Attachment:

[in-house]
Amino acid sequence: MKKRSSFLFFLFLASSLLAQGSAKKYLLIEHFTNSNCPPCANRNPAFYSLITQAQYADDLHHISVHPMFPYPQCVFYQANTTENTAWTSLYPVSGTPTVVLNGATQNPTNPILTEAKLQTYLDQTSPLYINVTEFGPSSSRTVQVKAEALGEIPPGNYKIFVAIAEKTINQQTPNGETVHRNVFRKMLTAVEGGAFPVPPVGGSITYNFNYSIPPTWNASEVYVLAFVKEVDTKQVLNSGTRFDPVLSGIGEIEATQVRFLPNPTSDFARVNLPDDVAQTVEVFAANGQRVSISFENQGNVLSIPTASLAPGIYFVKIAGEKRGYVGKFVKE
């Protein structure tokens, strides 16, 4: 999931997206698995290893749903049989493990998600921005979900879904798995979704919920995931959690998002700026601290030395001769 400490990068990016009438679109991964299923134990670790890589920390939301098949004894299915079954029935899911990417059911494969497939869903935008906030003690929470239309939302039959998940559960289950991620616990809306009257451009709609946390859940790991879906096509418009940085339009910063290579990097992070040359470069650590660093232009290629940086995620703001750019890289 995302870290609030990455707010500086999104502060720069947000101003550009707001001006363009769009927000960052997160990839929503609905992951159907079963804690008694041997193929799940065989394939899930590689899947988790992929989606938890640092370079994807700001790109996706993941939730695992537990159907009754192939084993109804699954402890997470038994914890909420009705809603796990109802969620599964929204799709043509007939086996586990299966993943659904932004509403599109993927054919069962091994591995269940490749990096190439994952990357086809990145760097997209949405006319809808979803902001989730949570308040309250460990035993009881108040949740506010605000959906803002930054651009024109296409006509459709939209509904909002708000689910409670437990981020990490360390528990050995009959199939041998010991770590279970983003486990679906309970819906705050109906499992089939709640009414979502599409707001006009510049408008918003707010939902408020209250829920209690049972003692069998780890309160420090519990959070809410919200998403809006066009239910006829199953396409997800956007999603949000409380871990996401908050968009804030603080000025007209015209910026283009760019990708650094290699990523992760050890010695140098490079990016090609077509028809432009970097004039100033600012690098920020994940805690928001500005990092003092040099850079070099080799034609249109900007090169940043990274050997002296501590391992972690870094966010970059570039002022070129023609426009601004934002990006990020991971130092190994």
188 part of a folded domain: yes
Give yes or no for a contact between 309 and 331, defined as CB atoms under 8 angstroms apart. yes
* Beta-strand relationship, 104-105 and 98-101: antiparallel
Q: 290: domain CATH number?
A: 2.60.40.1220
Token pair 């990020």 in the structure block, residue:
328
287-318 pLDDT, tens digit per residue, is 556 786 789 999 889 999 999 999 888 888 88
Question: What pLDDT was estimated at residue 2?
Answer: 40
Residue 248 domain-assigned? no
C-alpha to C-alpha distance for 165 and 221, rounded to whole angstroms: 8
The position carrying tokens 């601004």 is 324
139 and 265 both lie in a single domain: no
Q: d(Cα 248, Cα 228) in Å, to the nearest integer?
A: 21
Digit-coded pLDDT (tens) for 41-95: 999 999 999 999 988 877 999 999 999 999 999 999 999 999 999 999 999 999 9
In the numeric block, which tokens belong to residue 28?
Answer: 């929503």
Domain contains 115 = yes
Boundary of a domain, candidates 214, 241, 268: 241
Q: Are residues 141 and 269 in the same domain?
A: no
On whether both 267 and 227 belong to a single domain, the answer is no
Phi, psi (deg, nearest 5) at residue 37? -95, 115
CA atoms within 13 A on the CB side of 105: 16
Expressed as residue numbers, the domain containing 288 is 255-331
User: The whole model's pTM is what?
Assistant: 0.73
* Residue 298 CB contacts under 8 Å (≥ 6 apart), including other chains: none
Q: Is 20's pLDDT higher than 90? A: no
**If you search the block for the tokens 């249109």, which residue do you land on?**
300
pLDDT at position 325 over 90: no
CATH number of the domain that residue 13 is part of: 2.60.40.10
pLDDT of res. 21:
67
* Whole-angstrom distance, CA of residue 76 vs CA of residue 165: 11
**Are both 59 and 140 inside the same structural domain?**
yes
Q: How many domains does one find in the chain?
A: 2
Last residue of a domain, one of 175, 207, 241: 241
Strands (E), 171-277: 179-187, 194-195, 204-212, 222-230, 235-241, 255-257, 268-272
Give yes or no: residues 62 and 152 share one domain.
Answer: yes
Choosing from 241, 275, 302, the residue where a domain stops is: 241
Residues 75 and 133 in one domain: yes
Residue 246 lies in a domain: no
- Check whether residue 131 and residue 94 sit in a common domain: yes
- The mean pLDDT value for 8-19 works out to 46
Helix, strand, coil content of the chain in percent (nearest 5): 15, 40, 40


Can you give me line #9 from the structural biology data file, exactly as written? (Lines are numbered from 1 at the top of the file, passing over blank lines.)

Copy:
Token pair 């990020």 in the structure block, residue: